Read the sermon text at Spurgeon Gems
On November 5, a little over two weeks ago as of this writing, a man named Devin Kelley walked into the First Baptist Church of Sutherland Springs, Texas, and proceeded to murder almost half of the congregation. Of the 50 attendees of that church, he killed 24 of them. When this happened, I was worshiping with my own church in Denton, about five hours north, and the horror of the tragedy struck close to my heart. Not because I was afraid someone was going to appear at our door next, though that thought certainly did cross my mind, but because of the immense pain that such wickedness brings to God’s people. “Precious in the sight of the Lord is the death of His saints,” and certainly many precious lives were lost that day, even as they were welcomed into glory.
The response of those around me was the response that any Christian should have to such acts: to cry out to our Father in grief, in seeking justice, and in need of the strength and wisdom to move to action. Yet just as quickly as Christians moved to pray, the response that has been growing louder to that in popular culture came: sneering responses of “instead of just praying, why don’t you actually trying doing something.” “I’m sick of thoughts and prayers.” And so forth.
Life and death in Christ
The man who murdered those people took their lives, but he could never take them away from their Lord. And a Christian who goes to God in prayer is not sitting in inaction, but is in fact performing the most important and primary action anyone who truly believes in Jesus as Lord should follow: going to God for direction, for strength, and for a reminder of Who truly rules even over the tragedies, Who will achieve His great purpose even when and even through man’s wicked acts, because no one can escape the will and design of God. I wrote to my church in a request for prayer that day for FBC Sutherland Springs:
This is such a dark and wicked act, it is hard to think about how to react. Anger and sadness both seem appropriate. But I wanted to post this here and ask for prayer, and take a moment to talk about prayer in particular. I am not a pastor or elder, but I don’t believe I am out of line to say that prayer is one of the most powerful weapons in the hands of the Christian. The world sees “thoughts and prayers” and sneers at what they believe is inaction, but in fact we have taken one of the greatest actions a believer can take: going into the throne room of God and asking Him for intervention, for protection, for strength to act and wisdom to know how.
I hope we can all take time to pray for the people of this town, with 400 people living there and a church of 50 who just had almost half of those lost. Prayer is not inaction, it is a deep and meaningful act Christians take to call upon the name of the Lord and seek the good mercies He pours out upon His children even in times of turmoil and hardship.
Doing all things
One of the most misused verses in the Bible is Philippians 4:13. We’ve all seen it plastered on motivational posters, athletic t-shirts, and all kinds of places with the completely wrong understanding of what is being said. We tend to take it in a “Yeah, you can do it, you can achieve anything!” sort of way. Paul, however, is not using it in a “rah rah, let’s go team” sense. He is giving thanks to the church of Philippi for their prayers, because it was those prayers which cried out to God to give Paul strength to endure much suffering, and it was through those prayers that God ministered to the hearts of both the apostle and the church.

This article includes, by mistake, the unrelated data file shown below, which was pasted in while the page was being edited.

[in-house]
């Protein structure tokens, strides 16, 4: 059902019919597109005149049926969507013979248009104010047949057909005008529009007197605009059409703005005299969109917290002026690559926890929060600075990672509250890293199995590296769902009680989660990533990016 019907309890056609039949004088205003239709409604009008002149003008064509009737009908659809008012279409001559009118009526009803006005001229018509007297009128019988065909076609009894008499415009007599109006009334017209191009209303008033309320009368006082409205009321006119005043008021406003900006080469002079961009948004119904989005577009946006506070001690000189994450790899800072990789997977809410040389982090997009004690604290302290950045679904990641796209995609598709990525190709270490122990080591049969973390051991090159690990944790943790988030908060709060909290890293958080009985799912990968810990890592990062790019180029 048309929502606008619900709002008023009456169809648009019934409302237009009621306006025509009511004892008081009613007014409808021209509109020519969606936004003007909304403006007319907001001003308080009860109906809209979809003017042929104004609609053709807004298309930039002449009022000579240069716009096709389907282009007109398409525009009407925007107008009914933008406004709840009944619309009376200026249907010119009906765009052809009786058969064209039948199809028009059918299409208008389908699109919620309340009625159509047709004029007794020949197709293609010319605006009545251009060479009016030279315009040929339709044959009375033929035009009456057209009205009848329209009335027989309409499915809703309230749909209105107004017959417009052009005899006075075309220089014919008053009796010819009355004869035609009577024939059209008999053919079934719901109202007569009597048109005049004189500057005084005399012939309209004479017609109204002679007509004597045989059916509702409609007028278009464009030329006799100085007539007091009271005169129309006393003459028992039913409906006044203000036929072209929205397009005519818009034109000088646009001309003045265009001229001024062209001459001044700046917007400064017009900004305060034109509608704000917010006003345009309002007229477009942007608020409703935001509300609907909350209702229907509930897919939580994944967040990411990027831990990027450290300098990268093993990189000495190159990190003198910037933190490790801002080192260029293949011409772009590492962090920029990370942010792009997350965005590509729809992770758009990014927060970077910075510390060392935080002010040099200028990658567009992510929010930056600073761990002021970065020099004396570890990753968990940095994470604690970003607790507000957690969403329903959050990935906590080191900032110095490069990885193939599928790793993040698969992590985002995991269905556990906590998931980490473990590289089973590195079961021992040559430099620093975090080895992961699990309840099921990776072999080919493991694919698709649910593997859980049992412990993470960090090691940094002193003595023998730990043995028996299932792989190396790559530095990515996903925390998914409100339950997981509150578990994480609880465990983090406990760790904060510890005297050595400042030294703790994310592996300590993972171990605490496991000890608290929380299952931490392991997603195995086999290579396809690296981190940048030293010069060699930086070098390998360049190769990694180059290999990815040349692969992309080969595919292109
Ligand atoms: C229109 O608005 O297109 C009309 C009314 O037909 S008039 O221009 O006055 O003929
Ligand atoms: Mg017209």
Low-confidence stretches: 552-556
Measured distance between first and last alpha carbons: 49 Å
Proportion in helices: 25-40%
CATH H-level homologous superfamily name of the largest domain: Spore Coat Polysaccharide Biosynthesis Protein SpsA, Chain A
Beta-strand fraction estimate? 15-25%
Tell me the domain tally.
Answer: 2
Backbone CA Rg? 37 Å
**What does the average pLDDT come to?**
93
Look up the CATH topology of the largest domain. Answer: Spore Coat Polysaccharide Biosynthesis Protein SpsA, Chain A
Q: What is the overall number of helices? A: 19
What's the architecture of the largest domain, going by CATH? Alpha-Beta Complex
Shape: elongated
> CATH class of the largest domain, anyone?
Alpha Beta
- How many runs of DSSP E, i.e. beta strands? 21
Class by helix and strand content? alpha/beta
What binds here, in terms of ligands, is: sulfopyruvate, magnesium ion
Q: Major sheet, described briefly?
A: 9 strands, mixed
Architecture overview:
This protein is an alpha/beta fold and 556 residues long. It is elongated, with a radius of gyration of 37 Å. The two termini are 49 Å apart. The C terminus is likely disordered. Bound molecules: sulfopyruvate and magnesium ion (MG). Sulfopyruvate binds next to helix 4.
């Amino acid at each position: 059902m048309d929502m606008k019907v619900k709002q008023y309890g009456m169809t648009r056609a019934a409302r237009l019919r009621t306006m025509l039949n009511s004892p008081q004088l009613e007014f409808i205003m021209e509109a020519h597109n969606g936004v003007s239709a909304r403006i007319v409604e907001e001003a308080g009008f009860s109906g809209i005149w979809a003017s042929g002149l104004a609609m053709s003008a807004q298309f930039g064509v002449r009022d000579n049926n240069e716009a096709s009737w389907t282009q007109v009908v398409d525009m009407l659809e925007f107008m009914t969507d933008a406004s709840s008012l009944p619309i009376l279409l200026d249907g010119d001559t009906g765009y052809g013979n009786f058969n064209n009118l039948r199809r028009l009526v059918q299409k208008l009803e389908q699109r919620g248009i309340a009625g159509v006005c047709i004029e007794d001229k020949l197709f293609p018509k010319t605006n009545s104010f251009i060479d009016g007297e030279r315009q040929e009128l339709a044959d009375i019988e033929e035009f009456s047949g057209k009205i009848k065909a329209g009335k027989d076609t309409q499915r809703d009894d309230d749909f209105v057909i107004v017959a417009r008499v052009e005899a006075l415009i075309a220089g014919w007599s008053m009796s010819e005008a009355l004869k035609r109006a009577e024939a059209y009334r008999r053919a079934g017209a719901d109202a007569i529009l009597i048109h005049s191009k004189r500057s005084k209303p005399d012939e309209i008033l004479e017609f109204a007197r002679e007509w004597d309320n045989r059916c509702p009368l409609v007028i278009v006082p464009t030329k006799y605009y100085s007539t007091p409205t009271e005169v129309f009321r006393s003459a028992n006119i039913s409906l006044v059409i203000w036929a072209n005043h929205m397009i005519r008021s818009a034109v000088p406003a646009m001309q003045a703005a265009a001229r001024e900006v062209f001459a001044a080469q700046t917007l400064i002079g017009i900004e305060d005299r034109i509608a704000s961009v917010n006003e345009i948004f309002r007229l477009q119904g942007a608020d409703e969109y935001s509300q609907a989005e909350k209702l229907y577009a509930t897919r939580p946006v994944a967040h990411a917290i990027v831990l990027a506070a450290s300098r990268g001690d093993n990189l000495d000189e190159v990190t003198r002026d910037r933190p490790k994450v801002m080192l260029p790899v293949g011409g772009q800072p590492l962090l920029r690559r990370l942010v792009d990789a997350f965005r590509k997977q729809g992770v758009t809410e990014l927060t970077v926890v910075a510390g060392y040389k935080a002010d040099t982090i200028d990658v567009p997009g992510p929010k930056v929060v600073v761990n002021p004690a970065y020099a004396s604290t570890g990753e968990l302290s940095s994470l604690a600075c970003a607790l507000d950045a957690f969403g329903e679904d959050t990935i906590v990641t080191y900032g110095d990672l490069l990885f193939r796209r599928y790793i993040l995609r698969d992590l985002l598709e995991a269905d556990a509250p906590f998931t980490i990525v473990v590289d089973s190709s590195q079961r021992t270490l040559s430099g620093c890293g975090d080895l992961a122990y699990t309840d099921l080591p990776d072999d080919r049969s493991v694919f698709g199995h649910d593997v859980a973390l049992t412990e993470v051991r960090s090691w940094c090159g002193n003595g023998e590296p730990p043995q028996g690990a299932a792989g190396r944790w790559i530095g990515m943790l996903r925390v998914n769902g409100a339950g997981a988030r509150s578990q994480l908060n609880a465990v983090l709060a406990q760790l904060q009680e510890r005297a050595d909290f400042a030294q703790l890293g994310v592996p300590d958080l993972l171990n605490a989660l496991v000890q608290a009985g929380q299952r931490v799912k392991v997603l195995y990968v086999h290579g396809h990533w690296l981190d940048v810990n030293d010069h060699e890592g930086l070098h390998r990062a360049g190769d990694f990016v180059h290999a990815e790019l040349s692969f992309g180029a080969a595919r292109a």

I rejoiced in the Lord greatly that now at length you have revived your concern for me. You were indeed concerned for me, but you had no opportunity. Not that I am speaking of being in need, for I have learned in whatever situation I am to be content. I know how to be brought low, and I know how to abound. In any and every circumstance, I have learned the secret of facing plenty and hunger, abundance and need. I can do all things through him who strengthens me.–Philippians 4:10-13
No matter what the world may believe about prayer, about the power of God shown in weakness, we the church must persist. I must persist, even as I am weak in my pursuit of holiness. We must persist in seeking after the Lord, because in that we are putting our hands to the plow and stirring up the soil. And when we are done praying, we must stand up, and go out into the world and serve, and love, and minister to the broken and downtrodden.
This is what frustrates me so much about the thoughts and behaviors that tend to typify American evangelicalism, because so much of it involves running from the world around us and hating it, not in a “I hate sin and how it destroys my life and therefore I will preach the gospel” way, but in a “I am more righteous than the world and don’t want to get my precious hands dirty touching it” way. The former brings a drive to serve and love your neighbor. The latter causes you to hate and hide from your neighbor.
I encourage you to hear the words of Charles Spurgeon, and cry out to God every day, whenever it comes into your mind, to strengthen the church, to feed His sheep, and to lead us to righteousness. I ask you, my brothers and sisters, to obey Jesus in making Him first and foremost in your minds as you seek for answers to tragedy in a dark and sinful world. And I encourage you: no matter what it is that you are facing, do not let yourself become discouraged, nor let yourself grow idle. Walk through all of life looking to the cross of Christ knowing that He is the one all things come from, and to whom all things point.